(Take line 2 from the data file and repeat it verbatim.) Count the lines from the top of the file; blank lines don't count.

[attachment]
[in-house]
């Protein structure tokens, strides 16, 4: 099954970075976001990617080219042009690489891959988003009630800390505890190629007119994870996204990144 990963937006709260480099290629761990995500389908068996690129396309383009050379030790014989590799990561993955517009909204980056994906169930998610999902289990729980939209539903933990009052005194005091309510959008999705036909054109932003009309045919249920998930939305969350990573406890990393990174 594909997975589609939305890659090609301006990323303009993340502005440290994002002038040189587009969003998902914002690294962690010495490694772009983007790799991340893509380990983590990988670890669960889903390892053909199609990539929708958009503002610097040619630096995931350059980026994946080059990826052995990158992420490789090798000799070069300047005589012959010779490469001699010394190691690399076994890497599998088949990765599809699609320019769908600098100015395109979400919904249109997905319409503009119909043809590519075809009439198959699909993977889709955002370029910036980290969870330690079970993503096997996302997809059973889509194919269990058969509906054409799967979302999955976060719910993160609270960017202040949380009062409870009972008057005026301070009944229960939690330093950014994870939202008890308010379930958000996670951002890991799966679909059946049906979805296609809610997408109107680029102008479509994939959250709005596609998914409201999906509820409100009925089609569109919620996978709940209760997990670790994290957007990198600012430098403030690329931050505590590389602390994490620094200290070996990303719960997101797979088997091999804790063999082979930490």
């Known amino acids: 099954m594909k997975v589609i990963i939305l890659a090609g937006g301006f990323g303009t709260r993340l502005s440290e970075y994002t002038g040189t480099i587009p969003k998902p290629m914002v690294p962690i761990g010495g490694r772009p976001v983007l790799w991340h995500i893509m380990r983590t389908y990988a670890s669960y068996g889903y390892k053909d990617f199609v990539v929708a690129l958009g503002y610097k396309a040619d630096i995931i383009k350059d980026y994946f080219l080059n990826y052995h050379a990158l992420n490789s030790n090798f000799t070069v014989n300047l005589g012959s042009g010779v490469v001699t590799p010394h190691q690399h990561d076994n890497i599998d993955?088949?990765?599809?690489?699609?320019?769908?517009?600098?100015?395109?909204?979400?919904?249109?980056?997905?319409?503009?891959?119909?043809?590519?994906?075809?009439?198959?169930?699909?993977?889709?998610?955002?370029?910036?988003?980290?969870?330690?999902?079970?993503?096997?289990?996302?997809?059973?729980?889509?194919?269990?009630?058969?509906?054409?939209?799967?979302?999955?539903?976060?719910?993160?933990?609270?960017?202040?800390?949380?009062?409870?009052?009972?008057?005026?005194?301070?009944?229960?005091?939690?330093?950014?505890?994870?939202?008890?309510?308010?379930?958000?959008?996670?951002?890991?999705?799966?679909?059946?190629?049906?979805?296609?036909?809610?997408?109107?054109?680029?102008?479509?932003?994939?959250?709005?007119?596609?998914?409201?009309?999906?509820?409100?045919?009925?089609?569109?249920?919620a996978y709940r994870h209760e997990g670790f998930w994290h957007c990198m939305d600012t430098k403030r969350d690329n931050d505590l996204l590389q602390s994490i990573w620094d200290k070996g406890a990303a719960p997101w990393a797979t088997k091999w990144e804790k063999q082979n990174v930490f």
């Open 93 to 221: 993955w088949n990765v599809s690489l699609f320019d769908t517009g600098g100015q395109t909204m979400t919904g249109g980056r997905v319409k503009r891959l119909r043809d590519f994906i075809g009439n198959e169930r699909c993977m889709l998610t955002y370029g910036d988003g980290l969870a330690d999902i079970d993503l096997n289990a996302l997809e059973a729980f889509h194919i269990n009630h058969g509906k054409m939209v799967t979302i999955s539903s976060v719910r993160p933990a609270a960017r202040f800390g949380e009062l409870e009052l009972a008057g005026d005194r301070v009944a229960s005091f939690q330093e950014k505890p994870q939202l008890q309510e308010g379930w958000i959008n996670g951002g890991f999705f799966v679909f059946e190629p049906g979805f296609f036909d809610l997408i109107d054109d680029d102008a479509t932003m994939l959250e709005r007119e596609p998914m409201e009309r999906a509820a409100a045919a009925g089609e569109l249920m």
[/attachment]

């Protein structure tokens, strides 16, 4: 099954970075976001990617080219042009690489891959988003009630800390505890190629007119994870996204990144 990963937006709260480099290629761990995500389908068996690129396309383009050379030790014989590799990561993955517009909204980056994906169930998610999902289990729980939209539903933990009052005194005091309510959008999705036909054109932003009309045919249920998930939305969350990573406890990393990174 594909997975589609939305890659090609301006990323303009993340502005440290994002002038040189587009969003998902914002690294962690010495490694772009983007790799991340893509380990983590990988670890669960889903390892053909199609990539929708958009503002610097040619630096995931350059980026994946080059990826052995990158992420490789090798000799070069300047005589012959010779490469001699010394190691690399076994890497599998088949990765599809699609320019769908600098100015395109979400919904249109997905319409503009119909043809590519075809009439198959699909993977889709955002370029910036980290969870330690079970993503096997996302997809059973889509194919269990058969509906054409799967979302999955976060719910993160609270960017202040949380009062409870009972008057005026301070009944229960939690330093950014994870939202008890308010379930958000996670951002890991799966679909059946049906979805296609809610997408109107680029102008479509994939959250709005596609998914409201999906509820409100009925089609569109919620996978709940209760997990670790994290957007990198600012430098403030690329931050505590590389602390994490620094200290070996990303719960997101797979088997091999804790063999082979930490």